Which way forward for Ukrainian workers?
14 December 2013
The turbulent protests that have rocked Ukraine for the past three weeks reflect profound social tensions. In addition to right-wing support for the European Union, dissatisfaction with the country’s economic decay, outrage over corruption at the summits of the state and of society, police brutality, and fears of Russian chauvinism have brought tens of thousands into the streets.
These moods, however, lack any progressive orientation. The protests are being led by reactionary figures: oligarch Yulya Tymoshenko, who has earned her fortune in the gas business with Russia and now trades in Ukrainian nationalism; professional boxer Vitali Klitschko, who is sponsored by Angela Merkel’s conservative CDU; and an avowed anti-Semite and fascist. Pulling the strings in the background are oligarchs who have amassed billions by plundering the country and who have now concluded their wealth is more secure in an alliance with the European Union than in a customs union with Russia.
The official slogans of the protests are false and hypocritical. “National independence” means substituting the ruthlessness of the oligarchs in Moscow and Kiev with the tyranny of the financial oligarchy in Frankfurt, London and New York. “Democracy” means subordination to the dictatorship of the International Monetary Fund.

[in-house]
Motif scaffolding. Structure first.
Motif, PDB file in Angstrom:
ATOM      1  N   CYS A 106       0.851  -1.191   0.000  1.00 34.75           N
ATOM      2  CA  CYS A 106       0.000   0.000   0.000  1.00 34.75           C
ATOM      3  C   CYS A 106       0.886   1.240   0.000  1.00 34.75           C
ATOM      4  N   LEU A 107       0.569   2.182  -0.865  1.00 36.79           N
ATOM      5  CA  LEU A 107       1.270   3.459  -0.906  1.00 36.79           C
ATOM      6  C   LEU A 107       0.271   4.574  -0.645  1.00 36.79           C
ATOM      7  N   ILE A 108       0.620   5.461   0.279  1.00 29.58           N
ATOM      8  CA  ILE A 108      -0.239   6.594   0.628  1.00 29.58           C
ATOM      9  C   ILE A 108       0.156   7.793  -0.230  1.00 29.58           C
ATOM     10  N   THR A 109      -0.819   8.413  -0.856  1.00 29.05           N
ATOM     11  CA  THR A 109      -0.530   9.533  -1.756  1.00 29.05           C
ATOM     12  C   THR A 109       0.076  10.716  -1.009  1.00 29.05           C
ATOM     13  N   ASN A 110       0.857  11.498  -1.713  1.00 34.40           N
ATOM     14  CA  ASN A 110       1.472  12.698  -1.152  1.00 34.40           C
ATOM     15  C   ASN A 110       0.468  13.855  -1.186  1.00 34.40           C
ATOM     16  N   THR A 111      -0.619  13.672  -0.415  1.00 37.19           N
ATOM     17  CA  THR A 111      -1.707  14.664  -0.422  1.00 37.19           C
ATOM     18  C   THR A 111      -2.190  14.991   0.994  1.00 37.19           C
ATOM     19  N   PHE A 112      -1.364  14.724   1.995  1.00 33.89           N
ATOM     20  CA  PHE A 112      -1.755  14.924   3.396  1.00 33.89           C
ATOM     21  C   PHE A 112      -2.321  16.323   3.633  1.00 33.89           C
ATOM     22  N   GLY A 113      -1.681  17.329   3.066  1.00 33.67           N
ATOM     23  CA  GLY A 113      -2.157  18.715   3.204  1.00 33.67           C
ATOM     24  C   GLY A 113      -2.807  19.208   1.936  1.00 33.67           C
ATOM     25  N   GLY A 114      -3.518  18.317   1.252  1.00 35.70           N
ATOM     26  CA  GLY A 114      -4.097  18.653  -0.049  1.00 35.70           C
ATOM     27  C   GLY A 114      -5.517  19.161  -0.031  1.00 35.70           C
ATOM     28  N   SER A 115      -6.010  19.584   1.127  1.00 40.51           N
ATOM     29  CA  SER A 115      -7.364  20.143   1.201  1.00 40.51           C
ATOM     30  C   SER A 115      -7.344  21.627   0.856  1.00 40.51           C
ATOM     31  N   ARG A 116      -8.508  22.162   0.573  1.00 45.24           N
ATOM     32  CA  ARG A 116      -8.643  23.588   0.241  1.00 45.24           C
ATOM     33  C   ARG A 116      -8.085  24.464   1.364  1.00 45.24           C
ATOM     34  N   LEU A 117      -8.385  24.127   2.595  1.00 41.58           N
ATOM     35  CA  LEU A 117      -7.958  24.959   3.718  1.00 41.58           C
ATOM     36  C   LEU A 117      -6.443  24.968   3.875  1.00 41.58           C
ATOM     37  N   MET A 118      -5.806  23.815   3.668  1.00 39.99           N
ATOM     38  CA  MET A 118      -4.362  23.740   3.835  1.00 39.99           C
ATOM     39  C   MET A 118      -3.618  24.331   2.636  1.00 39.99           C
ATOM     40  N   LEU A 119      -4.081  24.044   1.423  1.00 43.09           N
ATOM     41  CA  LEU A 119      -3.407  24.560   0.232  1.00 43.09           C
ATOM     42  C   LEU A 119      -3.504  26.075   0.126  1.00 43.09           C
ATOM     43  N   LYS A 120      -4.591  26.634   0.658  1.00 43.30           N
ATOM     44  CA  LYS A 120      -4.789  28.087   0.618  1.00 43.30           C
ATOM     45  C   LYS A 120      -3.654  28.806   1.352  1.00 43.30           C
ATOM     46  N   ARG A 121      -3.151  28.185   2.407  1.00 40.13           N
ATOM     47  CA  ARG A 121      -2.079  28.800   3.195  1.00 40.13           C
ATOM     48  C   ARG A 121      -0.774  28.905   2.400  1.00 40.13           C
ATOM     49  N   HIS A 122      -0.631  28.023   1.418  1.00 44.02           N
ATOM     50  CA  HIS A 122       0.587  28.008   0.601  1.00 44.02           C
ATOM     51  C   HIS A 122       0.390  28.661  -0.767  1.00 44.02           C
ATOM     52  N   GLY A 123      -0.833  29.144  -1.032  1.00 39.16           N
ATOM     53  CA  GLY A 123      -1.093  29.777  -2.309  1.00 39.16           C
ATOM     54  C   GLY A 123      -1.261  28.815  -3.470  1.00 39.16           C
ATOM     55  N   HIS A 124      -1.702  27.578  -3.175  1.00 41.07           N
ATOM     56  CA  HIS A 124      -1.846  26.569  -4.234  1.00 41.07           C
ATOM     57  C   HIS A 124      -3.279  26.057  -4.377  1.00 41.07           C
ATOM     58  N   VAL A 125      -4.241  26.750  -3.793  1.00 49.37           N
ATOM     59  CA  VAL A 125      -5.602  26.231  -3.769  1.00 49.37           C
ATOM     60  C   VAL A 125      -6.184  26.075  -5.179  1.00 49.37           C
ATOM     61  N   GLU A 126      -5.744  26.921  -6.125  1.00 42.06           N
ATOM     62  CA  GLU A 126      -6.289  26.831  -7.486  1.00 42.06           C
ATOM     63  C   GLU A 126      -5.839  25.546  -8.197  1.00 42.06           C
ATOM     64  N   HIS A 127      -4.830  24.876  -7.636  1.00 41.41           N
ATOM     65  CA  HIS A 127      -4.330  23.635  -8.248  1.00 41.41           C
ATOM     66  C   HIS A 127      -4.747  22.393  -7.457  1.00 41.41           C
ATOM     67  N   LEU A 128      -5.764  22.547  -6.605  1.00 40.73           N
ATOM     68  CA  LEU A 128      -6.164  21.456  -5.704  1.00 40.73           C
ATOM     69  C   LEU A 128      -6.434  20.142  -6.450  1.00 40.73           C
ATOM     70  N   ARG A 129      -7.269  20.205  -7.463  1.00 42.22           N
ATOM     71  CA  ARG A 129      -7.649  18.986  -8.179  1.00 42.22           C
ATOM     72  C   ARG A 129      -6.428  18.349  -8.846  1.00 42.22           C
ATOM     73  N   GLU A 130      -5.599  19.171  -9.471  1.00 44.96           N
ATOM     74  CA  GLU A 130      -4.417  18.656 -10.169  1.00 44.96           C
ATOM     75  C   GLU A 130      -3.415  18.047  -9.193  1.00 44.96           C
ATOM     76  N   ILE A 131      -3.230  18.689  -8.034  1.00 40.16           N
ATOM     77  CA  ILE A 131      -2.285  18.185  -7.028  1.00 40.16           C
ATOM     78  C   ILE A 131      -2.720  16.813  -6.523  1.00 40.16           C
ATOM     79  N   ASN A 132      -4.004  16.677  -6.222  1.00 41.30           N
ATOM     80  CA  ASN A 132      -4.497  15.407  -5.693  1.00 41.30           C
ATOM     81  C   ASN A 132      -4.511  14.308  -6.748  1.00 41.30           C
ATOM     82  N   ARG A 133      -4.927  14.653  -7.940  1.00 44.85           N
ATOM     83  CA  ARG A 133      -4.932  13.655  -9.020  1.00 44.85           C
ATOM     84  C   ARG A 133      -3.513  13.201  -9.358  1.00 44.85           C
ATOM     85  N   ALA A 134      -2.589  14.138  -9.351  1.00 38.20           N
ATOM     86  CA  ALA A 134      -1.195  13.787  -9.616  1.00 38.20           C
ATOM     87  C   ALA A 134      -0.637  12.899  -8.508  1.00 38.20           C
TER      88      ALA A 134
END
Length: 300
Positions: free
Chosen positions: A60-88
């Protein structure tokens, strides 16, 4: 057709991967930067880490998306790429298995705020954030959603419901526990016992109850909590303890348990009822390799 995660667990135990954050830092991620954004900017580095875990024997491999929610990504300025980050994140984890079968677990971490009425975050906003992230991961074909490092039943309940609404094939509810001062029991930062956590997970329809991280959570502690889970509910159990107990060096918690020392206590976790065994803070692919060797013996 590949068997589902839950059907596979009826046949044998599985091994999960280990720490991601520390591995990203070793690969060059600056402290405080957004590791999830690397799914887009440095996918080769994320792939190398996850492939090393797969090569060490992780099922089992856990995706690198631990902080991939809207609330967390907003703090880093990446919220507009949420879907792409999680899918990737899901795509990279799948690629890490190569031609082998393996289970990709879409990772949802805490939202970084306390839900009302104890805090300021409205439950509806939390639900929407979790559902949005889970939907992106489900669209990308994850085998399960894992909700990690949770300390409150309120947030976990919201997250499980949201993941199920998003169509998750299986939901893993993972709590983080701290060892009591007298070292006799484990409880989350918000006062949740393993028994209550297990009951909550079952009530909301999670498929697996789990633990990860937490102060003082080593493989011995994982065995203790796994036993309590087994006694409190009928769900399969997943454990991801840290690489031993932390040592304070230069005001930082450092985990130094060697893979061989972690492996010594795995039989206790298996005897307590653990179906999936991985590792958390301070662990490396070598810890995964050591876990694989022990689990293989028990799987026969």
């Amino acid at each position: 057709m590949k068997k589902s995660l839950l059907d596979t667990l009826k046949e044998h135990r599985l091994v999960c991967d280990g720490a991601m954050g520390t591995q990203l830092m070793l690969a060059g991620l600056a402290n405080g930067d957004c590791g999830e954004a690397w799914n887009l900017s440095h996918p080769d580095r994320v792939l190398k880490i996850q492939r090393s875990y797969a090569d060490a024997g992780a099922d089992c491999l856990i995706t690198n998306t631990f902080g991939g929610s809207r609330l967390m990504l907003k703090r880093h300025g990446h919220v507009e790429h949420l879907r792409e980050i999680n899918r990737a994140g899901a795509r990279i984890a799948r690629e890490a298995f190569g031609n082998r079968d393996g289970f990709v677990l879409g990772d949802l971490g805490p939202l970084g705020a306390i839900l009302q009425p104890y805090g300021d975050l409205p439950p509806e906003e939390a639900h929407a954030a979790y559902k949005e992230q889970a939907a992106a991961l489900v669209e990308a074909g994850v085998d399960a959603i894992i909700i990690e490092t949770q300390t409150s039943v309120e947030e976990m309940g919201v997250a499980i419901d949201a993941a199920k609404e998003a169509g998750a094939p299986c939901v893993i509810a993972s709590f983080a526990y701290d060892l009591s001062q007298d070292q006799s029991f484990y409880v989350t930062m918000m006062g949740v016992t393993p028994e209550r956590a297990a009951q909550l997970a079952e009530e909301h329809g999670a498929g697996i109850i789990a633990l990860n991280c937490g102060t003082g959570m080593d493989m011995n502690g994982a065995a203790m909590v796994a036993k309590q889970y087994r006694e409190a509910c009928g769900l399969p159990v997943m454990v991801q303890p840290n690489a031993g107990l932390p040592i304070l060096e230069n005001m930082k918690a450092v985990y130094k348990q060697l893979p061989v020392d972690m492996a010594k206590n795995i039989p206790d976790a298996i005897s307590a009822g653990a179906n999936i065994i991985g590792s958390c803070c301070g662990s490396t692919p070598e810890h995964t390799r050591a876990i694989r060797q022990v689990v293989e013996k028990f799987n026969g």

Brushing aside diplomatic protocol leading political figures from Germany, the EU and the US have plunged into Ukrainian political life to advise and manipulate the opposition leaders while strengthening their hand. What lures them is the prospect of cheap labor, a large domestic market and control of a region of great strategic importance. They make little effort to conceal their plans for the future for Ukraine.
According to the German Friedrich Naumann Foundation: “The opposition, which wants to cooperate with the IMF, will at some point have to explain unpopular measures to the population, such as the devaluation of the national currency, increased energy costs for consumers and the revision of wages and pensions”, i.e. another round of the shock therapy that has already plunged millions of pensioners and unemployed into bitter poverty. It is also common knowledge that large swathes of Ukrainian industry would not survive a free trade agreement with the EU.
This is known to many of the demonstrators, especially to those elements from the middle class who are indifferent to the fate of workers and pensioners and have set their sights on career advancement via an association agreement with the EU.
They should pay a visit to Athens. As the social devastation of Greece has shown, the EU’s austerity dictates no longer spare the middle class.
Many workers have stayed away from the demonstrations, especially in the industrial areas in the east of the country, where only a small fraction of the population support the protests. They trust neither the opposition nor the government, but have no means of opposing them.
The absence of the working class as an independent and self-conscious force permits the opposition leaders and their backers to manipulate the emotions and expectations of the demonstrators in their favor. This, in turn, is bound up with the misunderstood history of Stalinism.